What support is available if I have experienced a hate crime?

 If you think you or someone you know has experienced a hate crime, there is a variety of support options available to both students and staff.  
For students and staff 
  • Togetherall is available 24/7 and provides a safe space to talk, share and support. It is monitored by trained professionals and contains self-assessments and resources and self-guided wellbeing courses. 

For students 
  • Your personal tutor will often be the first point of contact for practical advice or direction on academic and non-academic matters. 
  • Our Student Welfare Service can help in a number of ways.  A Welfare Advisor can talk through the University's procedures, how to make a complaint and what support is available, in confidence and support you through the process.  This support includes checking draft complaints and attending any meetings with the University.
  • The University's Counselling Service offers confidential help to students via our team of trained counsellors. 
  • Mitigating Circumstances.  The University’s Concessions, Academic Appeals and Reviews Student Guide provides an overview of what to do if your studies have been affected by what has happened.  Your Student Handbook also provides useful information. 
For staff 
  • ULaw's Human Resources and Learning & Development section of the Intranet provides details on how you can get support for any employment-related issues.  The site provides access to policies and procedures as well as information on wellbeing and mental health
  • Trade Union. The academic cohort of the University recognise the Unite union.  ULaw consults and negotiates with union representatives on a number of terms and conditions.  There is a number of union representatives across the campuses and you can find more information here
  • Employee Assistance Programme.  Through the EAP provided by Care first, you have access to an expert team to providing 24-hour personal assistance.  At any time, day or night, you can talk in confidence to a qualified adviser.  Staff can find more information here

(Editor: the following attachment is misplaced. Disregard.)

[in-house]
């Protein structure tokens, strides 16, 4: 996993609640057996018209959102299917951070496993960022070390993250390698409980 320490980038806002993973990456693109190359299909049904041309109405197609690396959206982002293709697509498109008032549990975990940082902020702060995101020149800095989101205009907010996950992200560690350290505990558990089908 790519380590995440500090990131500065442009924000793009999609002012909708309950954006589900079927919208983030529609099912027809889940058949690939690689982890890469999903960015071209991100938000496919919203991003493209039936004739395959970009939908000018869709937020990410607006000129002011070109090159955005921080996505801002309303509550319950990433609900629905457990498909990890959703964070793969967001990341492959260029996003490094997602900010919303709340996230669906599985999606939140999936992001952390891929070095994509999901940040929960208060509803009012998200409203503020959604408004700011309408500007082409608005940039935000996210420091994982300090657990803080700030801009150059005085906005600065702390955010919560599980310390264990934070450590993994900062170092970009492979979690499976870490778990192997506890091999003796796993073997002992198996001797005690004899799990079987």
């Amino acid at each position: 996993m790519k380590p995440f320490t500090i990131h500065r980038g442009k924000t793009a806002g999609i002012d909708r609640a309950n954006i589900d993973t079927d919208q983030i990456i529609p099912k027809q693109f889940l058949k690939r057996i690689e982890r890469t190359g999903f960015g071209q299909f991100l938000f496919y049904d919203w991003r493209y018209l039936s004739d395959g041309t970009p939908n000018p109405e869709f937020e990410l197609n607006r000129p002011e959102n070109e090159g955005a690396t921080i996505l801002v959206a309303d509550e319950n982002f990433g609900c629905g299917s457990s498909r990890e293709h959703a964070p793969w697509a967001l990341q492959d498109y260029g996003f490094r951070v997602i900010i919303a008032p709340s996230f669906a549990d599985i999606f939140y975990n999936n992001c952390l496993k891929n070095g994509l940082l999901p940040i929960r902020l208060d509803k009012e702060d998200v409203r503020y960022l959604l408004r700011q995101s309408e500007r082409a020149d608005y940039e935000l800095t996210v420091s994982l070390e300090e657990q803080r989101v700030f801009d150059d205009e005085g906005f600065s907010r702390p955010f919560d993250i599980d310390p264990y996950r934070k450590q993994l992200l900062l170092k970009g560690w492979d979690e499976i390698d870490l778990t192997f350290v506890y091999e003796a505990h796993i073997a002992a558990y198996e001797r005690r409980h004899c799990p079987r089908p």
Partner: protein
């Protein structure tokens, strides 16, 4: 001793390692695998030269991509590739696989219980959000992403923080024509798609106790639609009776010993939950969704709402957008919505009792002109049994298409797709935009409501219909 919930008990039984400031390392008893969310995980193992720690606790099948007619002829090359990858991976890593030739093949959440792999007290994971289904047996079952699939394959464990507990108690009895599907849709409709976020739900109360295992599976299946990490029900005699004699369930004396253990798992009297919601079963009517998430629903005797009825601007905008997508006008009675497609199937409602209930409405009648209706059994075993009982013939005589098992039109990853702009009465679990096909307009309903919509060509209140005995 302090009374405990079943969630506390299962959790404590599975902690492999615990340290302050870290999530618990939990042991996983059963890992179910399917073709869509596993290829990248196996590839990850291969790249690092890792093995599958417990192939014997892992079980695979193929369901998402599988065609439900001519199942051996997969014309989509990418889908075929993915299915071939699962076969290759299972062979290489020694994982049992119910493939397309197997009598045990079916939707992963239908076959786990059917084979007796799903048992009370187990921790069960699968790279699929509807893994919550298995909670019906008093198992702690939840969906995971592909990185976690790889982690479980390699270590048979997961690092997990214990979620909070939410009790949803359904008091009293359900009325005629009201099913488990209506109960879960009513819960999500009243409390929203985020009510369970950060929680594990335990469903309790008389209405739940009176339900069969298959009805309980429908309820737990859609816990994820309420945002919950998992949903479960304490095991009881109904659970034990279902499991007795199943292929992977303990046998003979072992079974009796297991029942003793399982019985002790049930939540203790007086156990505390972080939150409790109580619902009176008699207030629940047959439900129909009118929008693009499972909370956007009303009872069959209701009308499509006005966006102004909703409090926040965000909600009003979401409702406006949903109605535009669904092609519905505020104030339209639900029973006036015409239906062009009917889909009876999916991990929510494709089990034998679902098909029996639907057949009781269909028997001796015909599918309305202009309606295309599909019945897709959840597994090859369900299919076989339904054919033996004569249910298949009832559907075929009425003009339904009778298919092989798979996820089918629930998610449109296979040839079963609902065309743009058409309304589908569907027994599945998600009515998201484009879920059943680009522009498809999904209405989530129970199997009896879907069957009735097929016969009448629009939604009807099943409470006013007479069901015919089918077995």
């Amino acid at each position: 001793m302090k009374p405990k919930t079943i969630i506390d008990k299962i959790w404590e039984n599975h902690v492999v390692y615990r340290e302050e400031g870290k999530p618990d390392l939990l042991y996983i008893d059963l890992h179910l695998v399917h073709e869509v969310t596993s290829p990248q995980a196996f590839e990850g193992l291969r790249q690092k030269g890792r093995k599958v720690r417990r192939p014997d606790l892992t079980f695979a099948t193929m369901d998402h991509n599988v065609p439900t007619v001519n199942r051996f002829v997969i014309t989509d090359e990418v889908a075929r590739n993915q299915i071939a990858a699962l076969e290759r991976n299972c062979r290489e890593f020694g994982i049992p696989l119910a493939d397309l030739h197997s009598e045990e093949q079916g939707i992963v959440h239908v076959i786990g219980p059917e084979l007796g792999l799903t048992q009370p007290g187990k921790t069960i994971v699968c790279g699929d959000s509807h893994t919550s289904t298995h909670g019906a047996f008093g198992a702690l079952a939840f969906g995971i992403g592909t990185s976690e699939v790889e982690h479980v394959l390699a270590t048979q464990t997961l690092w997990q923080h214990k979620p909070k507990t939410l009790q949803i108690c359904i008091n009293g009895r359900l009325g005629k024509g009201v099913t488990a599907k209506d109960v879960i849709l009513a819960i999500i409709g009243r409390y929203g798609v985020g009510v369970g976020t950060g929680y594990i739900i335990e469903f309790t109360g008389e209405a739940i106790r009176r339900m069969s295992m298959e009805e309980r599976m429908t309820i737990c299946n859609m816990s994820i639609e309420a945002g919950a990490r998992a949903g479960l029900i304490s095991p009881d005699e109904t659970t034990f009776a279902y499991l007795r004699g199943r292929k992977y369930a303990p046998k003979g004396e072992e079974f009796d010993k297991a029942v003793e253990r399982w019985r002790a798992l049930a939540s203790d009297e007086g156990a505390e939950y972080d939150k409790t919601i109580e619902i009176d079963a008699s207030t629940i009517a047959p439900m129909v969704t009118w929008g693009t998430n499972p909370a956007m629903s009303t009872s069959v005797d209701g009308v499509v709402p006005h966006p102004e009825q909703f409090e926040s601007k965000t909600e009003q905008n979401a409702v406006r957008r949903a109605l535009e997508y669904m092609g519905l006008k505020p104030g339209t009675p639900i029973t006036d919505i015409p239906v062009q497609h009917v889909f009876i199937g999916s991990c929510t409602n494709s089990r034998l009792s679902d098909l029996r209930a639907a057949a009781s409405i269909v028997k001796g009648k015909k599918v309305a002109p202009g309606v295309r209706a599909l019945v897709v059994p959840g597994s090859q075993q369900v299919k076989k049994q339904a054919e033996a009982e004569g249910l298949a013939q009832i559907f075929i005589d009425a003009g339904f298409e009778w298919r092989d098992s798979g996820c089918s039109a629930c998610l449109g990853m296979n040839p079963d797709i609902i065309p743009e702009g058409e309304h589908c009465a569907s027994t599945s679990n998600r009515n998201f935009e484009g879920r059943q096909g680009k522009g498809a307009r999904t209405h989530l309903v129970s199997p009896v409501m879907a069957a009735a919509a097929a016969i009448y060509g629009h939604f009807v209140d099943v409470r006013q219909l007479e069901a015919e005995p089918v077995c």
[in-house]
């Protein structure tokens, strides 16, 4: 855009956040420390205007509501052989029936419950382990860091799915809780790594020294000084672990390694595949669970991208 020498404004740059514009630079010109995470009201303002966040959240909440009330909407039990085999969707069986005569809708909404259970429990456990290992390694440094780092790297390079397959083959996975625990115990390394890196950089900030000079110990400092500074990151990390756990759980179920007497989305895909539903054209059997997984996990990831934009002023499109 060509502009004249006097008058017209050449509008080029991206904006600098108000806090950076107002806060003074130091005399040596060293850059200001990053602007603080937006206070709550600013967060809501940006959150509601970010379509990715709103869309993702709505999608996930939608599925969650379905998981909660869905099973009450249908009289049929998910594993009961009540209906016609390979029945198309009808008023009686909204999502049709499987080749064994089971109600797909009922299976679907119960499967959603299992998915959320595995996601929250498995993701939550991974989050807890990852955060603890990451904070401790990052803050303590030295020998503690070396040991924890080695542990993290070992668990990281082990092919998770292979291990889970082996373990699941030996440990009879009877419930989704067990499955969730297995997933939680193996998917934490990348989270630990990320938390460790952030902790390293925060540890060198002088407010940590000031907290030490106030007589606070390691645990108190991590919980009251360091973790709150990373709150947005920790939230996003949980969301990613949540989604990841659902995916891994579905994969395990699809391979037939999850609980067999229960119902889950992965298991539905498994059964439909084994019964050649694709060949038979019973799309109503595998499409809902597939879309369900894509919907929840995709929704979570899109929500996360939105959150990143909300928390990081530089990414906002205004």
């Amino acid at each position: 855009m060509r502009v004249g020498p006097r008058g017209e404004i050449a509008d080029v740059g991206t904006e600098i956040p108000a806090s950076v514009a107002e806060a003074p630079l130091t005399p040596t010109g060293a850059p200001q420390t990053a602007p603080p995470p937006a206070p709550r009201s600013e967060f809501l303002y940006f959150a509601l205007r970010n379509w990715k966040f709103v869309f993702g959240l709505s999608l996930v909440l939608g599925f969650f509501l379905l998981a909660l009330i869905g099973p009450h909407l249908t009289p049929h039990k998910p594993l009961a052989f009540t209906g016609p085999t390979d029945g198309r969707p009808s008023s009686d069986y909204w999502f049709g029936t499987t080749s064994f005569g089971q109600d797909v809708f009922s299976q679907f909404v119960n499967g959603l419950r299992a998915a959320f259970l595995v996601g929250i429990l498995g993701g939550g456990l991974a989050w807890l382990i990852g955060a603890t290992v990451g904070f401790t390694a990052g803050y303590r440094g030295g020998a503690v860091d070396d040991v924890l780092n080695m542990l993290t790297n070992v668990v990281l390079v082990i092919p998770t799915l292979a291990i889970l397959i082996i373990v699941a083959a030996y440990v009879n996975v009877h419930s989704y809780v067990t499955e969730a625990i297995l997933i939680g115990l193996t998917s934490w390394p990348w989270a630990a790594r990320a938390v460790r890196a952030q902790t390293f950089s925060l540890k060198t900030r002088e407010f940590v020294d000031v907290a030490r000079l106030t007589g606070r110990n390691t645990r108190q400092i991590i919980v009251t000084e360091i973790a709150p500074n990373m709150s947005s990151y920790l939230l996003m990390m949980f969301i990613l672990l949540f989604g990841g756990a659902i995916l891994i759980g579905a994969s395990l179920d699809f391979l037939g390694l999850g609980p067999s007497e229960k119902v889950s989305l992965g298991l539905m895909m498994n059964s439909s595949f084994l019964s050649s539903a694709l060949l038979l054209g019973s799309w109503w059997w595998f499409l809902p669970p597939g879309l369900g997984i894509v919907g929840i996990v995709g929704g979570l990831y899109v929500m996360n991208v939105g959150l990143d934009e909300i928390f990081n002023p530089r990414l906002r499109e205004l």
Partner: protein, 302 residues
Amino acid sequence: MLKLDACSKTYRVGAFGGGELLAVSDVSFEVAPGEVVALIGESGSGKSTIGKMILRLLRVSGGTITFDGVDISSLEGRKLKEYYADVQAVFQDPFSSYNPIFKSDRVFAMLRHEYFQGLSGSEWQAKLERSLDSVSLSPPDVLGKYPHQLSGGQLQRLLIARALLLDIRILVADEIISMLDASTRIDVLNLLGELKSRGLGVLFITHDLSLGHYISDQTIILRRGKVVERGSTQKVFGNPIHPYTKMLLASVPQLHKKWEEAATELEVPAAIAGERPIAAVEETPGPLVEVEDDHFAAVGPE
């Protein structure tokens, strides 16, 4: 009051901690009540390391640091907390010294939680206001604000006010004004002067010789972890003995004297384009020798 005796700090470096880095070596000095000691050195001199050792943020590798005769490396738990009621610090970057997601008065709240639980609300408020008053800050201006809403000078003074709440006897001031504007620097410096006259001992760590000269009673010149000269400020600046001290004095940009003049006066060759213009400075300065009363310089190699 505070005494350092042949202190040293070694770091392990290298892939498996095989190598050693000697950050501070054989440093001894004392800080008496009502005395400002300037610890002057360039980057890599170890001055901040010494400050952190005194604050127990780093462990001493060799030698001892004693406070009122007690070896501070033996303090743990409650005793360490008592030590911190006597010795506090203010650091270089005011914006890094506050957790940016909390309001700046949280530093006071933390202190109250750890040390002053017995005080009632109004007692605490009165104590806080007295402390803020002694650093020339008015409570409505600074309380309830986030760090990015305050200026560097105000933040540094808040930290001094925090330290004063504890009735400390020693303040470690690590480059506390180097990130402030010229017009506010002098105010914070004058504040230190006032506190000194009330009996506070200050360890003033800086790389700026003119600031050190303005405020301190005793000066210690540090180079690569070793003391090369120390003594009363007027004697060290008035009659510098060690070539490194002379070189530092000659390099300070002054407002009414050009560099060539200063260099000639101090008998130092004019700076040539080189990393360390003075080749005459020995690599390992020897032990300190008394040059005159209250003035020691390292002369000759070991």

Other sources of support

National and local support services 
  • Citizens Advice provides some useful information on the different types of harassment and hate crime people may experience including disability hate crime; racist and religious hate crime; sexual harassment; and sexual orientation and transgender identity hate crime. 
  • True Vision offers guidance on reporting hate crime and hate incidents. If you do not wish to talk to anyone in person about the incident or wish to remain anonymous, there is an online form for reporting hate crime; you can report non-crime hate incidents to the police to try and prevent any escalation in seriousness. 
  • LGBT Foundation has a number of groups covering a wide section of the LGBT community. They provide a safe and comfortable environment for people who may feel isolated, are coming out, or are new to the area. 
  • Disability Equality NW runs the Developing from the Negatives Project (DFN) which aims to raise awareness of Disability Hate Crime and encourage reporting. 
  • Tell MAMA supports victims of anti-Muslim hate and is a public service which also measures and monitors anti-Muslim incidents.